XIV. THE STRUGGLE FOR A REDWOOD NATIONAL PARK
A. FIRST EFFORTS
During the last quarter of the 19th century there was a technological revolution in the redwood logging industry. The harvesting of redwood timber was accelerated by the introduction of the Dolbeer donkey, bull donkeys, and railroads. While these innovations made it practicable to log the slopes, they left almost no seed trees. A second industry development was the concentration of timber ownership. Some of this was accompanied by abuse of the Federal land laws.
These changes within industry stimulated public and governmental interest in what was happening to the redwoods. Evidence of this awareness was the increased activity of the California State Government in forestry matters. In 1885 the legislature created a State Board of Forestry, and the Board in 1887 passed a resolution advocating that the United States government discontinue sale of all public timberland and hereafter sell only timber. In 1901 the legislature authorized the establishment of the first state park preserving coast redwoods, the California Redwood Park at Big Basin. 
Chief Forester Gifford Pinchot of the Department of Agriculture in 1899 initiated a study of redwoods to provide groundwork for Federal action. Protection, however, was not immediately forthcoming. On June 25, 1906, President Theodore Roosevelt established by executive order the Monterey Forest Reserve. Eighteen months later, he established Muir Woods National Monument. Just north of the Golden Gate, Muir Woods, the gift of William Kent, preserves and interprets a "typical example of the relatively small isolated groves found in sheltered valleys or canyons in the drier portions of the redwood region." 
On the Humboldt Coast, there were both public spirited men and those interested in promoting tourism. They had read with interest of a proposal for a Redwood National Park broached by Pinchot and seconded by Kent. Both men had promised "to subscribe generously to a fund to be raised for the purchase of the necessary land." 
It appeared that the hour had struck when, in 1913, Charles W. Ward announced to those interested in a Redwood National Park that 22,000 acres of redwoods on the south side of the Klamath were for sale. This tract owned by the Ward Estate had come on the market through partition proceedings to divide the estate. Included within the proposed boundary of the park were a number of smaller tracts which could be purchased at reasonable prices.
Several thousand acres of Indian allotment lands were also included, and Ward urged that they be sold by the Department of the Interior at a price established by the Secretary. The proceeds could be deposited in a trust fund, the income of which could be paid annually to the Yurok. This sale of the Indian lands was to be undertaken with the goal of perfecting the Redwood National Park.
The proposed park would include within its boundary nearly one and one-half billion feet of the finest redwood, fir, spruce, hemlock, and cedar. Over eighty percent of the timber was redwood. It was separated from the adjoining timberlands to the south by the Great Divide, separating the basins of Prairie and Ah Pah creeks from the lower Klamath watershed. Its northern boundary would be the Klamath. The terrain sloped in a northerly direction to the Klamath, and the watershed was "noted for continuous nightly fogs during the entire year, a condition which insures the preservation of the forest after the surrounding timber has been cut."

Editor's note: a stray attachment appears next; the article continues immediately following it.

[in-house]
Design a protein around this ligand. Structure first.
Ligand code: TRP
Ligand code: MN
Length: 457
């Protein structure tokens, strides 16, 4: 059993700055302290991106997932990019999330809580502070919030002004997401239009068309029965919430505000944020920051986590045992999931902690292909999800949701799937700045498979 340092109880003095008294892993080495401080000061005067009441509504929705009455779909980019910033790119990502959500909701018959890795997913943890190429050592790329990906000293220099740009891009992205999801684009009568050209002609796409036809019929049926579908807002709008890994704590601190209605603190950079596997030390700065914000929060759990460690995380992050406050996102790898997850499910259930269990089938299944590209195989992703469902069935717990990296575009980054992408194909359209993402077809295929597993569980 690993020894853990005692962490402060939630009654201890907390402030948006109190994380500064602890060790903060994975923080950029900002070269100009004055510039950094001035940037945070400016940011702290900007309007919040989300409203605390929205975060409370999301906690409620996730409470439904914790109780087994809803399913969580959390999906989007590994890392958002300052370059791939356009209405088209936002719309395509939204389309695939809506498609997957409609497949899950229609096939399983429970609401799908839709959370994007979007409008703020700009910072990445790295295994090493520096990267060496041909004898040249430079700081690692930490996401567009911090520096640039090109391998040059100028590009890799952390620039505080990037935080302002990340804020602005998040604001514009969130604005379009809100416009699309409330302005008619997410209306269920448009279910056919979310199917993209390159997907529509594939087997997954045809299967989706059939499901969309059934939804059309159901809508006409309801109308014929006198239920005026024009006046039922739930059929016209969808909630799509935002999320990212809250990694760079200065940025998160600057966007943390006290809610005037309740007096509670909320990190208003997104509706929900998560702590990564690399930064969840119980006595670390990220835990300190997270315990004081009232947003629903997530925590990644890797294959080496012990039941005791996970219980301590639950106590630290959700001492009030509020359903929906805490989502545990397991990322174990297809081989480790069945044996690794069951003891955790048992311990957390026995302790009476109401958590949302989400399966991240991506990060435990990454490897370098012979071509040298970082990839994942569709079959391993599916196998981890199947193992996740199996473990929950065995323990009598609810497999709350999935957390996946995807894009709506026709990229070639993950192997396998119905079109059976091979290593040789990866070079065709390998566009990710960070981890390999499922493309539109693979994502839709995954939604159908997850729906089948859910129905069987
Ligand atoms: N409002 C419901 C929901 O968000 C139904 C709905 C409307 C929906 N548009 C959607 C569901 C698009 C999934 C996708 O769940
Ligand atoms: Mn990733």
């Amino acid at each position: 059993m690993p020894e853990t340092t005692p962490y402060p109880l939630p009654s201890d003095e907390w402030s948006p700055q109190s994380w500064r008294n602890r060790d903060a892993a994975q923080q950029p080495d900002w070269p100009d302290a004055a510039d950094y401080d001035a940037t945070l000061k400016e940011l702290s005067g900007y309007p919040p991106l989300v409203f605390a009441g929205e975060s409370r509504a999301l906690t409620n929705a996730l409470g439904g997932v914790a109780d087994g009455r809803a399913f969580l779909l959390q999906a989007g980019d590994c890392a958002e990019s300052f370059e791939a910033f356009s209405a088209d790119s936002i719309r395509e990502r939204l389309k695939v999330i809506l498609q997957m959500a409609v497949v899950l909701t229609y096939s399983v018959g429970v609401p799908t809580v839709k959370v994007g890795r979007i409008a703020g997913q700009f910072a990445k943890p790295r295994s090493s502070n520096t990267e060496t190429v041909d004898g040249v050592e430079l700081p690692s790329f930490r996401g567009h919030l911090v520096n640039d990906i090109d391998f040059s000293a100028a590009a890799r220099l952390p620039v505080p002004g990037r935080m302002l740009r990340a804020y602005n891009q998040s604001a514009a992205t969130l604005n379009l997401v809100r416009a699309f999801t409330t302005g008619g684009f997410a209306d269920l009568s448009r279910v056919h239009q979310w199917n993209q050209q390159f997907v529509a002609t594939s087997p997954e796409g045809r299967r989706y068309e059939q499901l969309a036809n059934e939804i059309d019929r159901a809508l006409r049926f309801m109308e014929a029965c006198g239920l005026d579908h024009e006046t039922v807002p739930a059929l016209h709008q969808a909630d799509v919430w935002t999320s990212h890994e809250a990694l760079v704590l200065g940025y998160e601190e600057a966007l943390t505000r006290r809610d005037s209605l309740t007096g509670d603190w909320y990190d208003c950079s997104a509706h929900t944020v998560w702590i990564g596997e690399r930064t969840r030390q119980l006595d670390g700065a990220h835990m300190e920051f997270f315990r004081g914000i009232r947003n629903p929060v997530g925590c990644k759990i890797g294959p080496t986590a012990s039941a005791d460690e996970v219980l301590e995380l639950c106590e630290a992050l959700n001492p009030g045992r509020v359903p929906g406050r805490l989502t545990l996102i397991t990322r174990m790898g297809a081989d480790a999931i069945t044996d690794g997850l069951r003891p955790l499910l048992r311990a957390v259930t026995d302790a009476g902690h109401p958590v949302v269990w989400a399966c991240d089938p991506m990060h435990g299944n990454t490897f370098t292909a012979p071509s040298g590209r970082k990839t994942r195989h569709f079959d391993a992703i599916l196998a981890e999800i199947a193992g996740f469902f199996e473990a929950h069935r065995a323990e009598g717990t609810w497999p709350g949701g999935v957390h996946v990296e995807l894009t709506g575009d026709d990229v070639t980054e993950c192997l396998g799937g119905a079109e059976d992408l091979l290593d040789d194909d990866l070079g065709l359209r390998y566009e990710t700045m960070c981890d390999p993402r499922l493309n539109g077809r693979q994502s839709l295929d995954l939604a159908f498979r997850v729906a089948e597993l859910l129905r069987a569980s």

Humboldt County conservation interests felt that if Pinchot and Kent would take the lead, the Ward tract could be purchased with funds subscribed by the public, and then gift-deeded to the United States as a National Park. 
The Federal government failed to demonstrate sufficient interest in the proposed Redwood National Park, and Pinchot and Kent accordingly were unwilling to spearhead a campaign to purchase the Ward tract.
During World War I the lumber industry thrived and millions of feet of redwood were felled. In view of the failure of the Federal Government to act, a group of far-seeing conservationists in 1918 organized the Save-the-Redwood League. Congress now had second thoughts and authorized the Secretary of the Interior to study the feasibility of acquiring a typical stand of redwoods as a national park. No action, however, was taken to implement the results of this study.
Goaded by the Save-the-Redwoods League, the State of California renewed its interest in redwood parks by authorizing appropriations to acquire timberland on a basis of matching funds promoted by the League. 
From 1918 until today, the Save-the-Redwoods League spearheaded the movement to preserve the redwoods. In addition to direct action in land acquisition, the league played a significant role during the 1920s in the establishment of a California State Park Commission. The first unit of Humboldt Redwoods State Park was established through League efforts in 1921. With this as a beginning, other groups were inspired to save redwoods. In Humboldt and Del Norte Counties, the Boards of Supervisors voted public funds for this purpose, and lumber companies contributed land. The California State Park Act of 1927 provided an agency to look after the redwoods that were preserved, and the passage of the Park Bond Act at the same time made matching grants available to acquire lands for state parks. 
In its beginning years, the Save-the-Redwoods League had as one of its goals the establishment of a Redwood National Park. During the 1920s and 1930s studies were made by the Federal Government. While some of these recommended establishment of a National Park, the necessary legislative action was not taken. 
Last Updated: 15-Jan-2004